The Father (Strindberg)
Captain Adolph, an officer of the calvary, and his wife Laura have a disagreement regarding the education of their daughter Bertha. Laura wants her to stay at home and become an artist, while Adolph wants Bertha to move into town and study to be a teacher. Adolph points out that his decision is final, and that the law supports him, because, he points out, the woman sells her rights when she agrees to be married. The argument grows and becomes fierce.
Laura suggests that Adolph may in fact not be the father, and therefore he may have no rights in the matter. Laura persuades the family doctor that Adolph may be mad, because, as an amateur scientist, he thinks he has discovered life on another planet by looking through a microscope. Adolph in fact has discovered signs of organic life by studying meteorites through a spectroscope. Laura also reveals to the doctor that she has obtained a letter that Adolph once wrote confessing that he himself feared he might go mad.
Adolph becomes frustrated and responds with violence — he throws a burning lamp in the direction of his wife as she exits. The moment he does that he is sunk. It appears that Laura has cunningly provoked him to commit this irrational act, which then becomes the pretext for having him committed. While waiting for the straitjacket to arrive the pastor tells Laura she is incredibly strong. "Let me see your hand! Not one incriminating spot of blood to give you away!" he says, "One little innocent murder that the law can’t touch; an unconscious crime!" In a scene of intense emotional pathos, it is Margaret, the captain’s old nurse, who cajoles the captain, who has now been driven mad, into a straight jacket. Laura is presented as having a stronger will than her husband, who says to her: "You could hypnotize me when I was wide awake, so that I neither saw nor heard, only obeyed." As the captain suffers a stroke and dies, Bertha rushes to her mother, who exclaims, "My child! My own child!" as the pastor says, "Amen".
This play expresses a recurrent theme in Strindberg: the state’s marriage laws are often unjust, in particular when the law gives the husband rights while depriving the wife and mother. The play shows a determined individual finding her way to oppose injustice, and the play also demonstrates how factors can lead one to become fiercely determined. At the time the play was written, Strindberg's marriage was deteriorating with his wife Siri von Essen, and situations in the play could have very loosely resembled situations occurring in his failing marriage. Different religions, Methodist, Baptist, and an occult spiritualism, exist in the household and vie for Bertha's acceptance. There are also references in the play to Greek Mythology and Shakespeare's Merchant of Venice and Hamlet.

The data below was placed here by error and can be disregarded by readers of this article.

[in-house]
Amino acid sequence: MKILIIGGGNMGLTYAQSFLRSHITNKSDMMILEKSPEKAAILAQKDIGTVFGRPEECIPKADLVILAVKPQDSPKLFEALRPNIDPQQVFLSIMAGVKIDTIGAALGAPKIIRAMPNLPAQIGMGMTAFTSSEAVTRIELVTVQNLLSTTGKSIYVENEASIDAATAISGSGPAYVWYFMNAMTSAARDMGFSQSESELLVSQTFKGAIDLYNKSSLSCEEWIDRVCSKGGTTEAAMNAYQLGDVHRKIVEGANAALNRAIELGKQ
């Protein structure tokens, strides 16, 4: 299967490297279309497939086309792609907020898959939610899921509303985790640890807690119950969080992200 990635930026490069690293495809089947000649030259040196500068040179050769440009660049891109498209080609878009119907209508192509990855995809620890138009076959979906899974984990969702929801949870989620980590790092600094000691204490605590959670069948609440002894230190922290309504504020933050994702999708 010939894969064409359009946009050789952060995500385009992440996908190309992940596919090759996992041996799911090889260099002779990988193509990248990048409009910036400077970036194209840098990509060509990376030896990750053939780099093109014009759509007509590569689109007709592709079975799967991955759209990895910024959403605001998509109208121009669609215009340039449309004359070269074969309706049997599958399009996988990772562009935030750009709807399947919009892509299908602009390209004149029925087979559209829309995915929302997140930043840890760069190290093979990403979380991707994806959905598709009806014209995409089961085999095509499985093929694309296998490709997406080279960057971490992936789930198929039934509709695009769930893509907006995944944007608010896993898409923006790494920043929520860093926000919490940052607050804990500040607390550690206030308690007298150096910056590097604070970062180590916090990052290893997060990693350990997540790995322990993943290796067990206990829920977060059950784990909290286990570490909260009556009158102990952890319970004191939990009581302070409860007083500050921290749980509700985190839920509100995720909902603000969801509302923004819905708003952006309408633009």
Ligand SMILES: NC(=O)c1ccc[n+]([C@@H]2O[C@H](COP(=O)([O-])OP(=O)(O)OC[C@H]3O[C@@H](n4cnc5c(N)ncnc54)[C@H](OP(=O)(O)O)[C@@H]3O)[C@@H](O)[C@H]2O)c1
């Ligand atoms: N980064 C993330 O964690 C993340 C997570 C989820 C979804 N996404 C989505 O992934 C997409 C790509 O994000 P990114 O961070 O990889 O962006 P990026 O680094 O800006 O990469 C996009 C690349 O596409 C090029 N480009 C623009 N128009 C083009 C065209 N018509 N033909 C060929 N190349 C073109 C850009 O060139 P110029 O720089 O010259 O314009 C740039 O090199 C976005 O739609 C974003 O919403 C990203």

Strindberg was aware of the literary discussions regarding what constituted naturalism in drama, and particularly the theory of Emile Zola, who was naturalism’s chief proponent. Zola felt that the naturalistic playwright should observe life very carefully, and render it in a documentary fashion. In creating character the playwright should be scientific and show that character is determined by heredity and environment. And the playwright should apply understanding of psychology and physiology. Sets and costumes should be realistic, and the long expositions and complicated intrigues of romances and the "well-made play" should be avoided. Zola felt that the French drama had not achieved true naturalism, and Strindberg felt challenged to succeed where others had not. Because of blasphemous comments, Strindberg found it hard for his work to be published and produced in Sweden. This play was the first Strindberg play to be produced outside of Scandinavia, in Berlin in 1890. The Father marked a turning point for Strindberg, as he went to a style of writing he deemed "artistic-psychological writing".
In an essay "Psychic Murder", written just after "The Father" was completed, Strindberg discusses Henrik Ibsen’s play Rosmersholm, and suggests how Ibsen might have handled Rebecca West’s "psychic murder" of Mrs. Rosmer, which Ibsen doesn’t describe. It might be effected, according to Strindberg, by planting jealousy in Mrs. Rosmer's mind, the way Iago did to Othello. He then goes on to describe the very same methods that Laura uses against the Captain in The Father. The use of psychological elements in Strindberg’s play move it closer to Naturalism than Ibsen’s play. There is almost a Darwinian struggle between the two principles, and Darwin's theory is referenced in the play.
Reception in English
The play has been translated by Peter Watts (1958), Michael Meyer (1964), Harry G. Carlson (1981), Michael Robinson (1998), Gregory Motton (2000) and Laurie Slade (2012). The role of the Captain has been played in the West End by Michael Redgrave (1948), Wilfrid Lawson (1953) and Trevor Howard (1964).
- Strindberg, August. Carlson, Harry G. translator. Strindberg: Five Plays. University of California Press. 1983. Page 52. ISBN 0-520-04698-6.
- Strindberg, August. Carlson, Harry G. translator. Strindberg: Five Plays. University of California Press. 1983. Page 62. ISBN 0-520-04698-6.
- Lamm, Martin. Carlson, Harry G., translator/editor. August Strindberg. Benjamin Blom, Inc. 1971
- Strindberg, August. Carlson, Harry G. translator. Strindberg: Five Plays. University of California Press.1983. Page 62. ISBN 0-520-04698-6.
- Strindberg, August. Carlson, Harry G. translator. Strindberg: Five Plays. University of California Press. 1983. Page 22. ISBN 0-520-04698-6.
- Madsen, Borge Gedso (1973). Strindberg’s Naturalistic Theatre. Russell & Russell. p. 13. ISBN 0-8462-1729-5.
- Lamm, Martin; Carlson, Harry G., translator/editor (1971). August Strindberg. Benjamin Blom, Inc. p. 205.
- The Plays of Strindberg Volume 1 translated by Michael Meyer, Vintage, New York. 1974. ISBN 0-394-71698-1
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